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Essay from brain cancer survivor and young adult cancer advocate, Emily Morrison.
Will it rain today? Will I get a bonus this year? To an extent, we all live our lives with a level of uncertainty. But some questions are unique and harder to answer. Will I wake up tomorrow and be blind?
People who meet me in public never know that I’m sick until they are told. Even at the hospital, I have wondered if those in the waiting room think I’m accompanying one of my parents. Not until they see the tape on my arm from the I.V. do they suspect that I might be the one who is sick.
It shocks people to learn that not only am I recently blind in the right eye but also that two years ago I was told I had an inoperable tumor that was more than 2 inches into the middle of my brain. “But you look so good—we would never have guessed,” they all say and shake their heads.
Most people do not shut their eyes wondering if it is the last time they will see. But for me, the doctor’s aren’t able to estimate the probability that I could go blind at any moment. A new tumor is growing on my optic nerve that has already stolen all vision in my right eye and threatens my left eye with every passing day. More than likely, the optic nerve tumor came from a loose tumor cell from the original brain tumor. Even the most recent Gamma Knife treatment, which has the ability to stop the tumor, could also result in vision loss.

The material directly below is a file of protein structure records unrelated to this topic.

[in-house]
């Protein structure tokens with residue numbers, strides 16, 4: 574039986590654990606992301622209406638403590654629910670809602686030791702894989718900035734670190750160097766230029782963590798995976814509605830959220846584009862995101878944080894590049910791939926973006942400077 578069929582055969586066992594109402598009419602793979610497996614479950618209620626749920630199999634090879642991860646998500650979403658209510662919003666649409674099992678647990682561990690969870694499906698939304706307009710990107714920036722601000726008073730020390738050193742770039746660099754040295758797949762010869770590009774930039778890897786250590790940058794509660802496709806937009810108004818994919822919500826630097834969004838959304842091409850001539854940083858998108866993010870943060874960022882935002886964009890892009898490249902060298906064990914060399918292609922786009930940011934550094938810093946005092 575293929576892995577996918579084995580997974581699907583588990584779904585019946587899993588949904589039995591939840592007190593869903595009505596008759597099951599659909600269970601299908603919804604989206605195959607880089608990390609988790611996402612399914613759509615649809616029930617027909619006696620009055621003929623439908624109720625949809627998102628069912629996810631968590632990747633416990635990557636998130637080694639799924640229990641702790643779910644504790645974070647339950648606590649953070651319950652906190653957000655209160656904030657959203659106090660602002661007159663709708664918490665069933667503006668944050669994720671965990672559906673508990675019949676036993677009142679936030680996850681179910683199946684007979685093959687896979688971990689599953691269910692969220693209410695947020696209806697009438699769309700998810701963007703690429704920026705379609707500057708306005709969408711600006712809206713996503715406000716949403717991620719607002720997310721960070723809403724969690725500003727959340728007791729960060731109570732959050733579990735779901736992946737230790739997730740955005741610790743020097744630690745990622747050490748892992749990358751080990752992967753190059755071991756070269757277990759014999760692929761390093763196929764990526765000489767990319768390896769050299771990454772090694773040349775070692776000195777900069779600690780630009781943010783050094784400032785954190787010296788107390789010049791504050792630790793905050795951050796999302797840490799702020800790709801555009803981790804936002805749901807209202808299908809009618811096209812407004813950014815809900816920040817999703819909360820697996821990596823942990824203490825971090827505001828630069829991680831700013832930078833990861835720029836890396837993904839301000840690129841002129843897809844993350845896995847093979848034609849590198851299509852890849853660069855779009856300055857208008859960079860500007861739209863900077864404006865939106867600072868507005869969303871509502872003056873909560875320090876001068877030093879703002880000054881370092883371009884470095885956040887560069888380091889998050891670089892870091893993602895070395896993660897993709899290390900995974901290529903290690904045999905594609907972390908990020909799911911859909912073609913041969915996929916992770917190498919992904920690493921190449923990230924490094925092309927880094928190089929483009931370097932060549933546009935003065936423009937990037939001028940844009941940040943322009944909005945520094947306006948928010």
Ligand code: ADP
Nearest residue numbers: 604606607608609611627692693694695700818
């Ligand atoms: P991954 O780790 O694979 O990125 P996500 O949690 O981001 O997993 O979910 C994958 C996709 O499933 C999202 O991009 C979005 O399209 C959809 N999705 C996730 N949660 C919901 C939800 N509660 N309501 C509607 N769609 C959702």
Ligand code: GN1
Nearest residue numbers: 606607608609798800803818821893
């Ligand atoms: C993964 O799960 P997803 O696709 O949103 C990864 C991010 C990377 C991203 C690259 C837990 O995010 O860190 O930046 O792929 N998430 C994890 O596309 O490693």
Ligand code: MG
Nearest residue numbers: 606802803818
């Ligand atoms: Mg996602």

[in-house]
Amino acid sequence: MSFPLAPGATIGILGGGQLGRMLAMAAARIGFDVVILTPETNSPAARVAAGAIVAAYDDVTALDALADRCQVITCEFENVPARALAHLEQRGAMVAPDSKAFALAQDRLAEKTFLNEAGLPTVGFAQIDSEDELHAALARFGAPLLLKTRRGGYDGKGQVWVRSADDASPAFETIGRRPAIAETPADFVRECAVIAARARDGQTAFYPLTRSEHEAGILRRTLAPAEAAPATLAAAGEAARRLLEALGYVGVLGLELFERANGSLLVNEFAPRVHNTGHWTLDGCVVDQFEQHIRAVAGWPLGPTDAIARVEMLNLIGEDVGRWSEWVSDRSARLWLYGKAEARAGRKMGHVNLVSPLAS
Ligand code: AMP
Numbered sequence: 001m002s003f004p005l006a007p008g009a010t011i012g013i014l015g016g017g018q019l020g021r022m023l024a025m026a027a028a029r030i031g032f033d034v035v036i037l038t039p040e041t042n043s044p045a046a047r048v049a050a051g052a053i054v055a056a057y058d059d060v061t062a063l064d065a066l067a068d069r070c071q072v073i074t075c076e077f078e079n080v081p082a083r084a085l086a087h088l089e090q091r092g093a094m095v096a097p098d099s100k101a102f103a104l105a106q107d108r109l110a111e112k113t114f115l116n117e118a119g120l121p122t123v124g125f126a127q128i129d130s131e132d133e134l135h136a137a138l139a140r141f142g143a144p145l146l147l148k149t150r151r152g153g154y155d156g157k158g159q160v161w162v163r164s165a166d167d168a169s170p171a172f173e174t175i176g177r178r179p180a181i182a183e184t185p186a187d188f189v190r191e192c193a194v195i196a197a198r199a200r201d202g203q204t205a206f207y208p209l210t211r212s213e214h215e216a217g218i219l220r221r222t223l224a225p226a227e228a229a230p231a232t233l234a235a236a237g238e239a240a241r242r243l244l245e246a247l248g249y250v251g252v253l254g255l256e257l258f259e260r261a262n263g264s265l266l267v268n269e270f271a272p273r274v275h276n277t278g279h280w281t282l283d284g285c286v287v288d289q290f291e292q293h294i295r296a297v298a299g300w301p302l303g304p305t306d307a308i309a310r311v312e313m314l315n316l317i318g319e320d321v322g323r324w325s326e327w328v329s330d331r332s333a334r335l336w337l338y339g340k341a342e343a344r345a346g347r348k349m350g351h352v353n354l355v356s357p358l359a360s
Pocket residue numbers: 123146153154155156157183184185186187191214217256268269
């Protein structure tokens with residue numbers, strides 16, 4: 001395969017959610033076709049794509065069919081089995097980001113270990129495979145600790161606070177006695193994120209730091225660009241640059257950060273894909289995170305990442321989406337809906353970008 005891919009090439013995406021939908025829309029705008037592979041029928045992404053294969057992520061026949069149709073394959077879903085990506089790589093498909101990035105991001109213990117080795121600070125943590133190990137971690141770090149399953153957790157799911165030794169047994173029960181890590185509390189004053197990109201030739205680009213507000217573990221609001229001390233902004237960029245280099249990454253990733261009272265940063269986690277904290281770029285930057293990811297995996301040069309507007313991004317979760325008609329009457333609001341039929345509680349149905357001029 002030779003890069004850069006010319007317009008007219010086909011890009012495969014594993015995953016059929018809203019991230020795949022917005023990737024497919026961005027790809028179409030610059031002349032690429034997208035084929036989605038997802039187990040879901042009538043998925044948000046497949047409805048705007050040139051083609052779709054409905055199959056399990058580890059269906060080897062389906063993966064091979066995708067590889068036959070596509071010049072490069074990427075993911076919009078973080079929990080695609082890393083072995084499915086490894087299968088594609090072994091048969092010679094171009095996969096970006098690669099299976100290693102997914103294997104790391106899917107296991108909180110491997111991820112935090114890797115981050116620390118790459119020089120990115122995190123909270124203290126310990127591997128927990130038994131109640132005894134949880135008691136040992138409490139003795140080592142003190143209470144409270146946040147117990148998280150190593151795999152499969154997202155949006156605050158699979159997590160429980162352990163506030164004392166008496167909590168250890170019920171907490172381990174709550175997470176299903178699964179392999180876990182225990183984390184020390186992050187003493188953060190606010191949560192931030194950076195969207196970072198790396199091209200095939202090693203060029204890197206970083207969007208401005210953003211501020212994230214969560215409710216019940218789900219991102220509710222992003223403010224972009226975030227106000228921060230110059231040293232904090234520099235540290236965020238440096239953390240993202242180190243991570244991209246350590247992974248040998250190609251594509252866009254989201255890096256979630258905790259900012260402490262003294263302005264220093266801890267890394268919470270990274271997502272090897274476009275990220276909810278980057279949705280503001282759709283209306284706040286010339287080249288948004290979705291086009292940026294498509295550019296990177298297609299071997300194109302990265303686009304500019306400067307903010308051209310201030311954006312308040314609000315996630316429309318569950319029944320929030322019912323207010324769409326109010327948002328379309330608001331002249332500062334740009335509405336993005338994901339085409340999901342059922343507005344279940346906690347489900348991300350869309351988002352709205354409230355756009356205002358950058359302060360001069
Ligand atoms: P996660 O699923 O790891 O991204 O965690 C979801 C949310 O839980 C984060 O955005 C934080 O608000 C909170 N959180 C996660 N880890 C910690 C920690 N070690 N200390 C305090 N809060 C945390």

How do you live your life? I live mine with both eyes open—even if only one takes in the pictures.
My right eye still responds when I move it; looking different directions and at people and scenery, but drawing nothing in. It still looks perfectly green.
How do you live your life? I live mine with both eyes open—even if only one takes in the pictures. I eat dessert whenever I want. I take my 6-month-old puppy for a walk each day. I close my eyes at night knowing that I was blessed to really see what I saw that day—the flowers and herbs that my mom and I potted outside; the TV show my dad and I stayed up late to watch; the card a friend sent.
In the past two years, I’ve made adjustments to living. I’ve become an advocate for young adults living with cancer through an organization called Stupid Cancer, and I have been the largest individual donor. I’ve raised more than $65,000 for the National Brain Tumor Society. I also serve on the board of its NY Walk Event because I truly believe that research saves lives and every dollar makes a difference.
With this most recent loss of vision, I’ve adjusted to walking with my right side against subway walls so I won’t be startled. I’ve moved to corners of the table so that I can take everyone in. But I’ve never stopped living. This summer I went skydiving and spent a week with my family and friends at the beach. There were no guarantees that I wouldn’t lose my vision before I had the chance to do those things. But even if I did, I knew I could still feel the salt water on my skin and the rush of jumping and flying through the air.
Sometimes you don’t need your eyes to look at your blessings. How do you live your life? Do you see what I see?
Editor's Note: Emily Morrison died at home on March 1, 2014. CURE is proud to honor her memory.